The first section of this report is an overview of the base-case assumptions used to generate the pro-forma statement for the Body Shop’s forecast from year 2002 to 2004, followed with the amount of additional financing required by the Body Shop during this timeframe. The results of the sensitivity analysis is discussed the third section. Finally, the report is concluded with a list of recommendations that the Body Shop’s financial managers and general managers could look into.
The percentage-of-sales forecasting is employed to generate the pro-forma financial statement. This method involves forecasting the future turnover. Once this is done, the estimated ...view middle of the document...
5%. This rate will decline by 1% in the following year and eventually 40.5% of sales in year 2004. The rate reduction in COGS is mainly due to economies of scale as the Body Shop would be able to achieve higher efficiency by increasing its production.
Excluding Exceptional Costs
The excluding exceptional costs should decrease after the investment in supply chain development has been made in year 2001. Nevertheless, there might be a time lapse in between and it takes time for the implementation to be fully effective. This means that there is no immediate cost reduction but the cost will not increase as the turnover increases within the next couple of years. Hence, the historical average of 50.8% of sales will be used as the excluding exceptional costs from year 2002 to 2004.
The Body Shop is projected to grow under its new strategy and the profitability of the Body Shop is highly dependent on its operation expenses and the COGS. Although several investments, supply chain development in particular, as well as several restructuring and reorganization, have taken place within the company, in order to further enhance the brand image and achieve greater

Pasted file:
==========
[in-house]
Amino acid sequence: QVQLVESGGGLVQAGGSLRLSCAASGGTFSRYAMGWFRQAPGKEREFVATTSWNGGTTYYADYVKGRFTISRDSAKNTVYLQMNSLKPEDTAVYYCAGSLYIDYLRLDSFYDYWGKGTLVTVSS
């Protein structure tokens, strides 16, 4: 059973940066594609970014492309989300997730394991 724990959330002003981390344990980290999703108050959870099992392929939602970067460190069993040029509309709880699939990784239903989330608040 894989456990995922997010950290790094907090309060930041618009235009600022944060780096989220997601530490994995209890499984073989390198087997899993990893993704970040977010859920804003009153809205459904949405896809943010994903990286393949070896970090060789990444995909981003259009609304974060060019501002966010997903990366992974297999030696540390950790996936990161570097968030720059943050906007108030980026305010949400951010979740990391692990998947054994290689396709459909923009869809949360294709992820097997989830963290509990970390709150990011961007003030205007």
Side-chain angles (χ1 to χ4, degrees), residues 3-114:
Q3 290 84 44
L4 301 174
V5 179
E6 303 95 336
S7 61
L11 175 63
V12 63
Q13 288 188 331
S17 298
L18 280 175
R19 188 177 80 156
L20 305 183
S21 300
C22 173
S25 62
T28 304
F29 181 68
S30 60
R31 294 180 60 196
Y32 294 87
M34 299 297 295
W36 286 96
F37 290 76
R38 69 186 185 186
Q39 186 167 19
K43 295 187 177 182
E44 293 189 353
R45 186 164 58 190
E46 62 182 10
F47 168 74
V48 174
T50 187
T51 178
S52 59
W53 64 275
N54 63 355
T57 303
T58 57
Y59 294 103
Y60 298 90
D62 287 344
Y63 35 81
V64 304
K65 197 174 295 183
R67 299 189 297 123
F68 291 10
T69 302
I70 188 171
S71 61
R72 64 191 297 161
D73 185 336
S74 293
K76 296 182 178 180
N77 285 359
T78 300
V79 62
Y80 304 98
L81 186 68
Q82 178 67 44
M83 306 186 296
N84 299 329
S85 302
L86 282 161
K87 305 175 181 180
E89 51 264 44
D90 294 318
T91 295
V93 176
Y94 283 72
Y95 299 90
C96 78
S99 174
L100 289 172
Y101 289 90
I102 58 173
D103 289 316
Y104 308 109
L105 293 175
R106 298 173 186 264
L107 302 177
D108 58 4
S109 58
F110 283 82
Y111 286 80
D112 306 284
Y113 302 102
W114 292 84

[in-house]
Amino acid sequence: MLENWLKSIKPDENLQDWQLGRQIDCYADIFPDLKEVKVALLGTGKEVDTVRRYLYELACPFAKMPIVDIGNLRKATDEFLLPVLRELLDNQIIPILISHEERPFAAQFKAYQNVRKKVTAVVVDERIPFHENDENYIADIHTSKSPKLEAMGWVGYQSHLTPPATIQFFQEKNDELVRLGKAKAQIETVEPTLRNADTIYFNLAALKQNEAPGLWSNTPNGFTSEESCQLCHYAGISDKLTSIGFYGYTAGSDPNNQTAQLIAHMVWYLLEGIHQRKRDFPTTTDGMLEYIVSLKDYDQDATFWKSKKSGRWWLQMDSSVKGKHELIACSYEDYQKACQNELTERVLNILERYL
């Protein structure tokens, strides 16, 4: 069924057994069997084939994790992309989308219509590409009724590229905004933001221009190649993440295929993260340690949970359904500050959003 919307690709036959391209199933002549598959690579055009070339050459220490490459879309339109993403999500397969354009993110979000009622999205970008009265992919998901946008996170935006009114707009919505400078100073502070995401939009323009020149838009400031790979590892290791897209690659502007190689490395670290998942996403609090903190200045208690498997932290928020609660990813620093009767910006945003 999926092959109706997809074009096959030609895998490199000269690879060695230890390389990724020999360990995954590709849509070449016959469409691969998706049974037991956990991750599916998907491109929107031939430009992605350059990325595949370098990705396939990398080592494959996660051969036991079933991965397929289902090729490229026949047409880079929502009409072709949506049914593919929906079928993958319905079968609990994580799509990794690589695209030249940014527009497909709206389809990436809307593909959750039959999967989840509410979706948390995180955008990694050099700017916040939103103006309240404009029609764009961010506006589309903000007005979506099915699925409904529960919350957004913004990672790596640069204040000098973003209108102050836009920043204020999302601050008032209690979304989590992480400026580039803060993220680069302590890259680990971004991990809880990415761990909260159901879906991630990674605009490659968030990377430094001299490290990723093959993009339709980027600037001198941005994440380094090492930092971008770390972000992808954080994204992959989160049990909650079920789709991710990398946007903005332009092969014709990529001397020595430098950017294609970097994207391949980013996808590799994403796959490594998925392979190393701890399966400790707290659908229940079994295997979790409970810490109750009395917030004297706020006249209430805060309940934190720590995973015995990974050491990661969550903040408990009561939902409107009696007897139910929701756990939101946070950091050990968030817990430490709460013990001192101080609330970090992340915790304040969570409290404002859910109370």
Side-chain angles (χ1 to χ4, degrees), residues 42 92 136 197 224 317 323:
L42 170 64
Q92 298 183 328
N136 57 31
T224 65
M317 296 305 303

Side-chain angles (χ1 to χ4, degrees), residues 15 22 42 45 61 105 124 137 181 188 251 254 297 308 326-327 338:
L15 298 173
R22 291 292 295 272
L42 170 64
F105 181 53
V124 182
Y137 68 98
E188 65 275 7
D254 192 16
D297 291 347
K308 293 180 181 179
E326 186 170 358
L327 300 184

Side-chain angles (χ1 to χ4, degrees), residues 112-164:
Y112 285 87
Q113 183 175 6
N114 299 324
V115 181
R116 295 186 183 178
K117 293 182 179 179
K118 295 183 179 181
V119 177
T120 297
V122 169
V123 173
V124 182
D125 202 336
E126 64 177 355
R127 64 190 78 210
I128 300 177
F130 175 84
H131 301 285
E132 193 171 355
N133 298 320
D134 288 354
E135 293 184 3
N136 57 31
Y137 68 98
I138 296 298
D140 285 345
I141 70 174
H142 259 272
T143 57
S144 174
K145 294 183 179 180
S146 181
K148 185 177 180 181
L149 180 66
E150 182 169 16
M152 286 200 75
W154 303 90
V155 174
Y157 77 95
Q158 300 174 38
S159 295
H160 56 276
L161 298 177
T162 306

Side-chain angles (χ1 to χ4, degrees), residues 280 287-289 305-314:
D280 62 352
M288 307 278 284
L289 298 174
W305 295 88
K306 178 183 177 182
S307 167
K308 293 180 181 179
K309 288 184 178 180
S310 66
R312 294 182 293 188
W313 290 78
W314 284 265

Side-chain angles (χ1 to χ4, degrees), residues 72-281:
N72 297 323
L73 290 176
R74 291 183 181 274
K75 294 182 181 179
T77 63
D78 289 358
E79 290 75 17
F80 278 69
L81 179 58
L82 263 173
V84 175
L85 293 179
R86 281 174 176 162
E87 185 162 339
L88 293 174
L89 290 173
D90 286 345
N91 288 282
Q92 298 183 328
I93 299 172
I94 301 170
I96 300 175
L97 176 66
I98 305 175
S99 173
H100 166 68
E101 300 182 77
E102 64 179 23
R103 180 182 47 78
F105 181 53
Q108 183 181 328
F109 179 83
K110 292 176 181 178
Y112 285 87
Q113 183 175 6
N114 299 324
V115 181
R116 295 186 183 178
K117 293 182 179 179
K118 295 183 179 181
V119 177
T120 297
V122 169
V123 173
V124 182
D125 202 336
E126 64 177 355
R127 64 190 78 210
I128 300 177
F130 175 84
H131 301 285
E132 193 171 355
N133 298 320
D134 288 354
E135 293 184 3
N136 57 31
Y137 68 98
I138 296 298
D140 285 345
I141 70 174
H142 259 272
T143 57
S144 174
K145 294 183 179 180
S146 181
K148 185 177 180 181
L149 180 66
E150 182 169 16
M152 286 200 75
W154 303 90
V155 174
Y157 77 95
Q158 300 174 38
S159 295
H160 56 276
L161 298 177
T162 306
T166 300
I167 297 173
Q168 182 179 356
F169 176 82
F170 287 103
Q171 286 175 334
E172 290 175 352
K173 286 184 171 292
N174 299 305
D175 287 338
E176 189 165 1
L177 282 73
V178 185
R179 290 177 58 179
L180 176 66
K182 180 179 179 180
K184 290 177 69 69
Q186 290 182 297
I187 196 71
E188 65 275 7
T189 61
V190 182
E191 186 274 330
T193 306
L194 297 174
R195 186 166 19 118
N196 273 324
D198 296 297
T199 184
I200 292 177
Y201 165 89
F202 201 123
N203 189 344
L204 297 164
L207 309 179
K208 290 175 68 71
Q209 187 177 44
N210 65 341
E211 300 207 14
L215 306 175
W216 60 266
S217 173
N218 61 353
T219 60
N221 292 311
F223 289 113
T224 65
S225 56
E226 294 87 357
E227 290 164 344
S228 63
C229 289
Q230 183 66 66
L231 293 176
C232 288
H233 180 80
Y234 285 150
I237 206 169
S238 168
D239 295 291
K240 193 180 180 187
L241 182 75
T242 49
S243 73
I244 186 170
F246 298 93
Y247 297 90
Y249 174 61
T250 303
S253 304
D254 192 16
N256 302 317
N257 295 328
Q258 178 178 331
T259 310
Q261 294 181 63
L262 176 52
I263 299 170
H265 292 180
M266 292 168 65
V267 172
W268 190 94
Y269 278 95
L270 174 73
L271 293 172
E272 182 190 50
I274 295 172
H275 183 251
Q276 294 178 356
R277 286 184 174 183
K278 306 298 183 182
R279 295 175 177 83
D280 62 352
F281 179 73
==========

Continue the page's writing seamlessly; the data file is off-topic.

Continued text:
efficiencies, it would need to continue its investment and also to open up new stores. So, the exceptional cost in year 2002 is expected to be at 3.5% of sales, an increase of 5% from the previous year and 4.0% in 2003 and 4.5% in 2004.
The restructuring costs incurred in the past are associated with sale of manufacturing plants, realignment and reorganisation. These are non-recurring items. Thus, the restructuring cost will be zero (0) for the upcoming years.
Dividend and Tax Rate
Historical data shows that there is no change in dividend from 1999 to 2001. Hence, it is assumed that the dividend would remain constant at ₤10.9 million from year 2002 to 2004. Likewise, the corporate tax rate is assumed to be constant at 30% over the period from year 2002 to 2004.
Cash and Account Receivable
The cash and account receivable are directly related with the turnover (Weygandt, Kieso and Kimmel, 2007). Nonetheless, the historical data suggest a downward trend for cash but no particular trend is observed in the account receivable. Thus, we postulate that the inconsistency is amended under the new strategies the Body Shop is adopting. The account receivable in year 2002 is forecasted to increase by 0.5% from the previous year at 8.6% of sales while the cash account will be increasing at 0.2% of sales each year through to year 2004. Most businesses utilize the credit period which justify why the percentage increase in account receivable is higher than the cash account.
It is crucial for the Body Shop to have an adequate supply of inventories as more inventories are needed when sales increase. Moreover, there is an upward movement in inventories based on historical financial statements. Nonetheless, the Body Shop would...